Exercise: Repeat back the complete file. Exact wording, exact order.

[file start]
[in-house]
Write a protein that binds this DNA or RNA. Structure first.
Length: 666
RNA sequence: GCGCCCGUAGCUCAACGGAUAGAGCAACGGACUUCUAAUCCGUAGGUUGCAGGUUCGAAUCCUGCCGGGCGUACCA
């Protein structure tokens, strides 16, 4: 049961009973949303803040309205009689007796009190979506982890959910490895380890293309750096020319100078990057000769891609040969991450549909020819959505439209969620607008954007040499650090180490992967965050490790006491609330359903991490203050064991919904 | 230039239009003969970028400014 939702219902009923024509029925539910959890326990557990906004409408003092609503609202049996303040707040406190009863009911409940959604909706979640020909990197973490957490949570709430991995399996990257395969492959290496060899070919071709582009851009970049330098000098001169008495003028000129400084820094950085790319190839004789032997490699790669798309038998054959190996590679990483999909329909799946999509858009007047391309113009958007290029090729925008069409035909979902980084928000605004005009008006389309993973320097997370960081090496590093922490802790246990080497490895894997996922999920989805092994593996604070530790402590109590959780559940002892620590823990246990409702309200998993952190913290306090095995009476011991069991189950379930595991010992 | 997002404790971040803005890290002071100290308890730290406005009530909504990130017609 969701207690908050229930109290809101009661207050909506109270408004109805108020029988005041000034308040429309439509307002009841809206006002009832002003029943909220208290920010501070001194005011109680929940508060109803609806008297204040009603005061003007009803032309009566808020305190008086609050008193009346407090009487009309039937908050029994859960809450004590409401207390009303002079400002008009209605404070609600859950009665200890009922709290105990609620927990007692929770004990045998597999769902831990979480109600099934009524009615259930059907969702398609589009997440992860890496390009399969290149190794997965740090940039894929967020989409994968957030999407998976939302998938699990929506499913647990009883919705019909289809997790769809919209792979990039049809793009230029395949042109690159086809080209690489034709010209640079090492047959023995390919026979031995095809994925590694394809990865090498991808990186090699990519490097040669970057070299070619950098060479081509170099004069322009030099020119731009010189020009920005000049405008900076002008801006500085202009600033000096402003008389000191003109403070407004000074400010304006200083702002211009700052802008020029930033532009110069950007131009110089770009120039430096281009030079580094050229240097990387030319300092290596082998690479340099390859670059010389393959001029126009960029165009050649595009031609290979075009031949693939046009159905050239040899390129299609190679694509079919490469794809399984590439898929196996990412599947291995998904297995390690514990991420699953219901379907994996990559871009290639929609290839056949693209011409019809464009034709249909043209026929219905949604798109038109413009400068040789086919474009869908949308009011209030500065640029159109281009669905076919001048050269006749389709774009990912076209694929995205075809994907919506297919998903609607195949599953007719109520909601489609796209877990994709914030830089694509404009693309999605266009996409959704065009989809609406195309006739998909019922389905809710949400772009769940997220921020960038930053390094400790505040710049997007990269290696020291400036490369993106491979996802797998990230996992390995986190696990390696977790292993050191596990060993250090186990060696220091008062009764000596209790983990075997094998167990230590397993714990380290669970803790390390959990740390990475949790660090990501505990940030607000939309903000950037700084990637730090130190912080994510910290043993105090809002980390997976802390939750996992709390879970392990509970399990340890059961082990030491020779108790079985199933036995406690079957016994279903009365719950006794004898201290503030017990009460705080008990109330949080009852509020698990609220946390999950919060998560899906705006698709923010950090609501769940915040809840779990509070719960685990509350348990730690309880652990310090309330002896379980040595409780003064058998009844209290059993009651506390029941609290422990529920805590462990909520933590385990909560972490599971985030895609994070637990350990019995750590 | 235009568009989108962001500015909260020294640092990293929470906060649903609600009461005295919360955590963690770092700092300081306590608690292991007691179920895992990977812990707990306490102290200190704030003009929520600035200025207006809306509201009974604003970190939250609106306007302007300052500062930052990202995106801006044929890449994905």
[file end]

[in-house]
Write a protein that binds this DNA or RNA. Structure first.
Length: 666
RNA sequence: GCGCCCGUAGCUCAACGGAUAGAGCAACGGACUUCUAAUCCGUAGGUUGCAGGUUCGAAUCCUGCCGGGCGUACCA
């Protein structure tokens, strides 16, 4: 049961009973949303803040309205009689007796009190979506982890959910490895380890293309750096020319100078990057000769891609040969991450549909020819959505439209969620607008954007040499650090180490992967965050490790006491609330359903991490203050064991919904 | 230039239009003969970028400014 939702219902009923024509029925539910959890326990557990906004409408003092609503609202049996303040707040406190009863009911409940959604909706979640020909990197973490957490949570709430991995399996990257395969492959290496060899070919071709582009851009970049330098000098001169008495003028000129400084820094950085790319190839004789032997490699790669798309038998054959190996590679990483999909329909799946999509858009007047391309113009958007290029090729925008069409035909979902980084928000605004005009008006389309993973320097997370960081090496590093922490802790246990080497490895894997996922999920989805092994593996604070530790402590109590959780559940002892620590823990246990409702309200998993952190913290306090095995009476011991069991189950379930595991010992 | 997002404790971040803005890290002071100290308890730290406005009530909504990130017609 969701207690908050229930109290809101009661207050909506109270408004109805108020029988005041000034308040429309439509307002009841809206006002009832002003029943909220208290920010501070001194005011109680929940508060109803609806008297204040009603005061003007009803032309009566808020305190008086609050008193009346407090009487009309039937908050029994859960809450004590409401207390009303002079400002008009209605404070609600859950009665200890009922709290105990609620927990007692929770004990045998597999769902831990979480109600099934009524009615259930059907969702398609589009997440992860890496390009399969290149190794997965740090940039894929967020989409994968957030999407998976939302998938699990929506499913647990009883919705019909289809997790769809919209792979990039049809793009230029395949042109690159086809080209690489034709010209640079090492047959023995390919026979031995095809994925590694394809990865090498991808990186090699990519490097040669970057070299070619950098060479081509170099004069322009030099020119731009010189020009920005000049405008900076002008801006500085202009600033000096402003008389000191003109403070407004000074400010304006200083702002211009700052802008020029930033532009110069950007131009110089770009120039430096281009030079580094050229240097990387030319300092290596082998690479340099390859670059010389393959001029126009960029165009050649595009031609290979075009031949693939046009159905050239040899390129299609190679694509079919490469794809399984590439898929196996990412599947291995998904297995390690514990991420699953219901379907994996990559871009290639929609290839056949693209011409019809464009034709249909043209026929219905949604798109038109413009400068040789086919474009869908949308009011209030500065640029159109281009669905076919001048050269006749389709774009990912076209694929995205075809994907919506297919998903609607195949599953007719109520909601489609796209877990994709914030830089694509404009693309999605266009996409959704065009989809609406195309006739998909019922389905809710949400772009769940997220921020960038930053390094400790505040710049997007990269290696020291400036490369993106491979996802797998990230996992390995986190696990390696977790292993050191596990060993250090186990060696220091008062009764000596209790983990075997094998167990230590397993714990380290669970803790390390959990740390990475949790660090990501505990940030607000939309903000950037700084990637730090130190912080994510910290043993105090809002980390997976802390939750996992709390879970392990509970399990340890059961082990030491020779108790079985199933036995406690079957016994279903009365719950006794004898201290503030017990009460705080008990109330949080009852509020698990609220946390999950919060998560899906705006698709923010950090609501769940915040809840779990509070719960685990509350348990730690309880652990310090309330002896379980040595409780003064058998009844209290059993009651506390029941609290422990529920805590462990909520933590385990909560972490599971985030895609994070637990350990019995750590 | 235009568009989108962001500015909260020294640092990293929470906060649903609600009461005295919360955590963690770092700092300081306590608690292991007691179920895992990977812990707990306490102290200190704030003009929520600035200025207006809306509201009974604003970190939250609106306007302007300052500062930052990202995106801006044929890449994905």